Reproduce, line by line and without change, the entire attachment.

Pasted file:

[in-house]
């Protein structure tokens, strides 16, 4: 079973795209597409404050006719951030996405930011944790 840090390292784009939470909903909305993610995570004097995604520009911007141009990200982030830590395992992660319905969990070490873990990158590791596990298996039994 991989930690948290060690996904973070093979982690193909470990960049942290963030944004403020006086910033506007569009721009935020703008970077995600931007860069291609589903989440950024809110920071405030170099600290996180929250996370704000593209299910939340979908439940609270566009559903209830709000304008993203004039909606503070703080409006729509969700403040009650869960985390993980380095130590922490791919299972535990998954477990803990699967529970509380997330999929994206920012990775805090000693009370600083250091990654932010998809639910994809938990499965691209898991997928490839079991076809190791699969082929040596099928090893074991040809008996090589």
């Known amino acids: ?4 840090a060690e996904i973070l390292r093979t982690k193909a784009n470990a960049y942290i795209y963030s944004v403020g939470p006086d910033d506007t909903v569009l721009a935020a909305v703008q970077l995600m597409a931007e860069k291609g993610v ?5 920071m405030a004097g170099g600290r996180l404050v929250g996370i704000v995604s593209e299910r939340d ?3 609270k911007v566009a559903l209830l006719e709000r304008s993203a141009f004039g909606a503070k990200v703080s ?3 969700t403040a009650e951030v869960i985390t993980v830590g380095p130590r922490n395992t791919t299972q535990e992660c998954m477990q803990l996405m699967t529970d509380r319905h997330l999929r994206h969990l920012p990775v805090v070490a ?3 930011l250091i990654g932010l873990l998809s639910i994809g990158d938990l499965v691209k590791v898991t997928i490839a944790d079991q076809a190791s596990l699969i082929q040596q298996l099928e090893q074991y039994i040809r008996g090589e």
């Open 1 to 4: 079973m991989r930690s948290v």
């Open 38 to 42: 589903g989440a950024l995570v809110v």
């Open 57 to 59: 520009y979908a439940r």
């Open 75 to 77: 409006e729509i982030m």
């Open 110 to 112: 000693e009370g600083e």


[in-house]
């Protein structure tokens, strides 16, 4: 079973795209597409404050006719951030996405930011944790 840090390292784009939470909903909305993610995570004097995604520009911007141009990200982030830590395992992660319905969990070490873990990158590791596990298996039994 991989930690948290060690996904973070093979982690193909470990960049942290963030944004403020006086910033506007569009721009935020703008970077995600931007860069291609589903989440950024809110920071405030170099600290996180929250996370704000593209299910939340979908439940609270566009559903209830709000304008993203004039909606503070703080409006729509969700403040009650869960985390993980380095130590922490791919299972535990998954477990803990699967529970509380997330999929994206920012990775805090000693009370600083250091990654932010998809639910994809938990499965691209898991997928490839079991076809190791699969082929040596099928090893074991040809008996090589």
């Known amino acids: ?4 840090a060690e996904i973070l390292r093979t982690k193909a784009n470990a960049y942290i795209y963030s944004v403020g939470p006086d910033d506007t909903v569009l721009a935020a909305v703008q970077l995600m597409a931007e860069k291609g993610v ?5 920071m405030a004097g170099g600290r996180l404050v929250g996370i704000v995604s593209e299910r939340d ?3 609270k911007v566009a559903l209830l006719e709000r304008s993203a141009f004039g909606a503070k990200v703080s ?3 969700t403040a009650e951030v869960i985390t993980v830590g380095p130590r922490n395992t791919t299972q535990e992660c998954m477990q803990l996405m699967t529970d509380r319905h997330l999929r994206h969990l920012p990775v805090v070490a ?3 930011l250091i990654g932010l873990l998809s639910i994809g990158d938990l499965v691209k590791v898991t997928i490839a944790d079991q076809a190791s596990l699969i082929q040596q298996l099928e090893q074991y039994i040809r008996g090589e």
């Open 1 to 4: 079973m991989r930690s948290v």
């Open 38 to 42: 589903g989440a950024l995570v809110v």
């Open 57 to 59: 520009y979908a439940r």
């Open 75 to 77: 409006e729509i982030m």
């Open 110 to 112: 000693e009370g600083e």